Maine Street Lobster, you’re crushing it.
And then there is one other big party at summer’s end that I always look forward to — our Annual Block Party.
I love my street and it’s such a pretty late summer stage for coming together.
Each summer almost every street around here closes for one night so that neighbors can enjoy a little street-side pot luck. Over the years I’ve been invited to a number of them as they are usually open to friends of friends; some are huge affairs with dozens of houses participating and entertainment to boot, and some times they are rather more intimate affairs, like a small dinner party in the middle of the street.
It all depends on the age of the participants, the availability of people on a particular weekend, and the zealousness of certain party planners.
This year I knew ours was going to be a smaller group as many neighbors were out of town for this last weekend before school starts, but that didn’t stop me from making a ton of food. I also knew that I would be hosting five teenagers for the last big sleepover blowout, so ten pounds of pork butt seemed like a good place to start.
I cut it up into manageable chunks and covered the pieces with garlic, cumin, smoked paprika and oregano and let it cook at 250 degrees for about eight hours until it was fall apart tender.
Have you read the Pinterest trick about putting large chunks of meat in your Kitchenaid to shred it all? I did this for the first time and so instead of sitting there with two forks and shredding all this meat, it was all done in under a minute — less work and more time for nibbling on all those crispy bits.
I had so much carnitas-style pork I decided to serve it two ways; in not-too cheesy nachos (I wanted the porkiness to shine through) and in mini-burritos.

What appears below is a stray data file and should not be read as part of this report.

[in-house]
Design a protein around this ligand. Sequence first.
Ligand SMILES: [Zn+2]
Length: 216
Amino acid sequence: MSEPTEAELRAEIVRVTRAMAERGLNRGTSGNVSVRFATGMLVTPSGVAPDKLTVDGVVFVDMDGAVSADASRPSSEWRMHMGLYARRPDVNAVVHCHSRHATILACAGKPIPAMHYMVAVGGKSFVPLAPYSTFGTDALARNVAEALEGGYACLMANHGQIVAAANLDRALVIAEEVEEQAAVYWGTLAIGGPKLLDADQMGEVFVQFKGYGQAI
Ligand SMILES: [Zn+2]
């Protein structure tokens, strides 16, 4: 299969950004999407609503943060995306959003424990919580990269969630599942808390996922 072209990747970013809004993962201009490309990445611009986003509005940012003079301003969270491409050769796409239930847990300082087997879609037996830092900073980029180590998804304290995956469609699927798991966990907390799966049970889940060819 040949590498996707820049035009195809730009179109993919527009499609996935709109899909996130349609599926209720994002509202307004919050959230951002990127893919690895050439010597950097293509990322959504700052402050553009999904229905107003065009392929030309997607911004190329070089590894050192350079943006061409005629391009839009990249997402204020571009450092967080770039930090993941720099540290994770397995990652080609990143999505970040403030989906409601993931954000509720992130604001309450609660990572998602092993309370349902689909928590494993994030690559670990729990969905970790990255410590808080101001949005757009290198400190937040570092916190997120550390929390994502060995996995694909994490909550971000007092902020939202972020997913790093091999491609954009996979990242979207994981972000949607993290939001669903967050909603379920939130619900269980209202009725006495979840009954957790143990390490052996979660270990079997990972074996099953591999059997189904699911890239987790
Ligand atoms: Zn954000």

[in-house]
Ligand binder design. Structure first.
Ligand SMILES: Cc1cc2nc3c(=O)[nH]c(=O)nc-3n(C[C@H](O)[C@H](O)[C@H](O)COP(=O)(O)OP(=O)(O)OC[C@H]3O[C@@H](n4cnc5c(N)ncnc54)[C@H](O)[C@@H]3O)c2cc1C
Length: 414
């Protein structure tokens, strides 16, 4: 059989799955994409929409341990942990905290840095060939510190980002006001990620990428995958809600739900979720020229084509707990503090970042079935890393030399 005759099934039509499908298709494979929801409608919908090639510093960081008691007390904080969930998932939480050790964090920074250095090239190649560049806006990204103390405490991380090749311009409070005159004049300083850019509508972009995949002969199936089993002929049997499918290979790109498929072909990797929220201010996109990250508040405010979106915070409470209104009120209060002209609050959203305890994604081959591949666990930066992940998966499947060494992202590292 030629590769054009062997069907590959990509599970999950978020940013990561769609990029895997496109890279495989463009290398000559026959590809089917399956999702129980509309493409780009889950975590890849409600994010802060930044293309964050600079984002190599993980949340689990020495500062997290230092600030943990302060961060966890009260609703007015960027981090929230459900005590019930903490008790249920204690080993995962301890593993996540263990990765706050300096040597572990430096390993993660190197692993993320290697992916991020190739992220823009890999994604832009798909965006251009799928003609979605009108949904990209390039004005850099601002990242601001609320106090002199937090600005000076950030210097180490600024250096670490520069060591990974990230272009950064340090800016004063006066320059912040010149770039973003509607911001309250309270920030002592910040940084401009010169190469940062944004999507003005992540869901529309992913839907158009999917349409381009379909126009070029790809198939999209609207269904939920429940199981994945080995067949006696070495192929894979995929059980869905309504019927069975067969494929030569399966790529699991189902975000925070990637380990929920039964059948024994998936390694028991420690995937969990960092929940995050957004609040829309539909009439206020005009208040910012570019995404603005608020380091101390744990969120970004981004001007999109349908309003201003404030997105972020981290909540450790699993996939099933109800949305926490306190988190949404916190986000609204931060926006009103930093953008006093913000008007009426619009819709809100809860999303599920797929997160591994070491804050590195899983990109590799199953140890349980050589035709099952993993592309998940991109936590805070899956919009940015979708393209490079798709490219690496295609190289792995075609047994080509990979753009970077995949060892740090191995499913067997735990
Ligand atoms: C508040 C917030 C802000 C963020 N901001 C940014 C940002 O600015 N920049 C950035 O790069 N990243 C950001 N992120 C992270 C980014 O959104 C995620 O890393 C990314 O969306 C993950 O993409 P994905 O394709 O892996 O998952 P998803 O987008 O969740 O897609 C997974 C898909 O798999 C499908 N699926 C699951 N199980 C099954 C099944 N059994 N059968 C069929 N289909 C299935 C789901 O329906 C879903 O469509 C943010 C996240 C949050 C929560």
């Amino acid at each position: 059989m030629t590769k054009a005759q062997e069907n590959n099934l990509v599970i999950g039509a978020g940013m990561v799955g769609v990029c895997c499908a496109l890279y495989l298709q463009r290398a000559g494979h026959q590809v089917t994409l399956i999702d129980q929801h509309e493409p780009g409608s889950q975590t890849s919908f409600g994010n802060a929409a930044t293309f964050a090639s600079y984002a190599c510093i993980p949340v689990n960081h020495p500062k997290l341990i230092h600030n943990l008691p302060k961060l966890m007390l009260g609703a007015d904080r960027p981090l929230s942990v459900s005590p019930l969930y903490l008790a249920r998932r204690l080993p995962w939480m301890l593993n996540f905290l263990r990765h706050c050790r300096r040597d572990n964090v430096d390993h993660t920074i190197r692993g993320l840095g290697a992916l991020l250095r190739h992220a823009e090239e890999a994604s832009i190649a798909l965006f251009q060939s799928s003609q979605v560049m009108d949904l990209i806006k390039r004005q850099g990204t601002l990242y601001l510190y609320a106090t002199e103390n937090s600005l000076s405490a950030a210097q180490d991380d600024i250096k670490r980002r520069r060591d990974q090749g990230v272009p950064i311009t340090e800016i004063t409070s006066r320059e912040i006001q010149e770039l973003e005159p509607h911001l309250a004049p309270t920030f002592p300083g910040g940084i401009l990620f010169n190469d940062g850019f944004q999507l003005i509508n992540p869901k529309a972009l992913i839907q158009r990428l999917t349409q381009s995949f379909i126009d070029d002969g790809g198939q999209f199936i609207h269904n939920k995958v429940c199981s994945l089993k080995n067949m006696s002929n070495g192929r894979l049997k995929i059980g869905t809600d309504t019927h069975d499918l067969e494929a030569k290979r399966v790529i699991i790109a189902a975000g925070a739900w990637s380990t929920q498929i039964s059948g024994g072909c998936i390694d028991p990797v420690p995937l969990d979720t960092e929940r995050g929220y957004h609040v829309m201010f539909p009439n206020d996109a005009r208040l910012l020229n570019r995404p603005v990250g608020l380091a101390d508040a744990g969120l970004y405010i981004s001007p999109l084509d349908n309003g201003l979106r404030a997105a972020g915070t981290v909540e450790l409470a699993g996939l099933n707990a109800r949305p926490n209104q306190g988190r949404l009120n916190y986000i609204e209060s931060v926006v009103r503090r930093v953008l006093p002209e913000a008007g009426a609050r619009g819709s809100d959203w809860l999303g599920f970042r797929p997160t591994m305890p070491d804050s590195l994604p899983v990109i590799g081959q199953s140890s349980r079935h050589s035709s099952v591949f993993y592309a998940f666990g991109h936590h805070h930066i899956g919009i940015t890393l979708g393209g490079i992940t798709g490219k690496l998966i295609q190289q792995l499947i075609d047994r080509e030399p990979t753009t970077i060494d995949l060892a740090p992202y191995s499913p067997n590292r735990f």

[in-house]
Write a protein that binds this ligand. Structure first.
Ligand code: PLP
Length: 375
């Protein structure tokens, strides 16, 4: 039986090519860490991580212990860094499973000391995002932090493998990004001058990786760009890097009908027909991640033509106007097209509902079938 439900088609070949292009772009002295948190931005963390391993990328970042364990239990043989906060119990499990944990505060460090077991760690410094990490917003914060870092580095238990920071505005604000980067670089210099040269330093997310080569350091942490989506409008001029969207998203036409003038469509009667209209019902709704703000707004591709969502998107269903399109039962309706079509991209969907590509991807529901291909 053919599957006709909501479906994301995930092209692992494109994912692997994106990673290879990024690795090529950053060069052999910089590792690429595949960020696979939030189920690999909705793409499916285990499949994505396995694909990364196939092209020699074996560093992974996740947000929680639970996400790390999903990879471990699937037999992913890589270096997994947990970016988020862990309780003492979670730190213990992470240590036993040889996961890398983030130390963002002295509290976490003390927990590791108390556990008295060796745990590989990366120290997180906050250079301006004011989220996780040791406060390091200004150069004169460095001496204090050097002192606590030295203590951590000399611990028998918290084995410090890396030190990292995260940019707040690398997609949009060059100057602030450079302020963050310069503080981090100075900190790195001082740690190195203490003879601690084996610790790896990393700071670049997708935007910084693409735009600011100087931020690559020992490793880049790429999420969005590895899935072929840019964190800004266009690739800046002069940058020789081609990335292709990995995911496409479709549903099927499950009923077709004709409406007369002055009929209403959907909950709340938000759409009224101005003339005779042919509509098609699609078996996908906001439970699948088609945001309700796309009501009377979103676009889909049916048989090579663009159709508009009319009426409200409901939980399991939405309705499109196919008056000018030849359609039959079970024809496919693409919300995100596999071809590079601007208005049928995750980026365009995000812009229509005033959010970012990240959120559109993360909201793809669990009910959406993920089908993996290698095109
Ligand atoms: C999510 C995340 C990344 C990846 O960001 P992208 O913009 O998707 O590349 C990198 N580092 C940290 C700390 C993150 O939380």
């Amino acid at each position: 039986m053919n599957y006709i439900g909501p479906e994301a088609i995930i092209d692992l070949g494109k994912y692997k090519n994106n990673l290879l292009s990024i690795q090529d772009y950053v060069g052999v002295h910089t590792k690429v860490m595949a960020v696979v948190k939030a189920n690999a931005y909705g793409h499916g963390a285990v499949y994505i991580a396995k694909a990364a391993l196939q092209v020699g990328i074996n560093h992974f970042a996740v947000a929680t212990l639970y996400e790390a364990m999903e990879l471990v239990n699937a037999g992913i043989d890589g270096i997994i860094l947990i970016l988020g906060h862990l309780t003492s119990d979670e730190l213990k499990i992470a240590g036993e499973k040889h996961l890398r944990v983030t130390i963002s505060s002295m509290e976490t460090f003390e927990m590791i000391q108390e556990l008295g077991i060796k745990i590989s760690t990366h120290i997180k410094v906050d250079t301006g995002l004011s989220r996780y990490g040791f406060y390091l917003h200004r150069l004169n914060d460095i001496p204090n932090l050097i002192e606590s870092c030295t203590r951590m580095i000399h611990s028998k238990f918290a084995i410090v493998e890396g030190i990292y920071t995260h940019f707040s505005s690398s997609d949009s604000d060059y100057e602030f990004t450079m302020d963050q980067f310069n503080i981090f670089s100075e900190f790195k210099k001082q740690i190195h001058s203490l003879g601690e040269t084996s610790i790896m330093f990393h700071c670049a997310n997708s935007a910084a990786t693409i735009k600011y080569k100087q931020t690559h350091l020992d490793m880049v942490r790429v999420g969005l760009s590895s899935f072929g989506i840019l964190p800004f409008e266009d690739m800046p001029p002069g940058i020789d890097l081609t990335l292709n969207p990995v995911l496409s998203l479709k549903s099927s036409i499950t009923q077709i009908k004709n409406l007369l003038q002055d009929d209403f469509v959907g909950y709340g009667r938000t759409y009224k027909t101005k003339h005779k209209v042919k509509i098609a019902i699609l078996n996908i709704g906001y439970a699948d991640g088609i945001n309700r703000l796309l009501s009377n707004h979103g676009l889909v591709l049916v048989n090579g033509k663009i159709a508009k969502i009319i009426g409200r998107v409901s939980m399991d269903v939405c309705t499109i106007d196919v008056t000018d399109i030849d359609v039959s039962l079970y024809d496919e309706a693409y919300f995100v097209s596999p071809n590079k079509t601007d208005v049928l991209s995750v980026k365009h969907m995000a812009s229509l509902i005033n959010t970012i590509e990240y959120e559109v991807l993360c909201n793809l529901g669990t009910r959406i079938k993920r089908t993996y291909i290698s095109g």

I started with the stellar Juanitas Chips of course, two kinds of cheese (sharp cheddar and smoked Jack) and the crispy pork, and I served this all alongside several different hot sauces and salsas.
Next up, burritos.
I bought the smallest, freshest flour tortillas I could find, and made two different kinds of burritos — poached chicken, black bean and queso fresco and the other one was the roasted pork with fresh corn, black beans and sharp cheddar).
I rolled them up as tight as I could and put all thirty or so mini-burritos in the oven to heat up the cheese and make them the slightest bit crispy.
Some I added a dollop of smoky red salsa and more queso fresco on top, and some I left alone for the pickier peeps in the crowd.
I wish I had pics to show you of the party itself, but I left my phone at home and chose just to enjoy myself, catching up with neighbors I hadn’t seen in a while, getting my baby fix with newest additions to the block, and even meeting for the first time friends of my dear and very talented friend Alicia.
I love this town — it’s so small that if you hear about a couple you really should meet, you will, even before a friend’s active intervention. In this open, friendly, neighborly town, you will get to talking with a stranger at the library, or find yourself sitting opposite a new face at a block party and realize that you have this friend in common. Boom, more people to know and enjoy in this little corner of the world.
Portland is like that.
And so right now, with the clock ticking and school starting Thursday, there is so much yet to pack in.
Ice cream cones, last leisurely lunches out, long card games on the front porch, and perhaps most importantly, this.
Anyone feel like picking me up another lobster roll?
I’ve got the perfect place to enjoy it.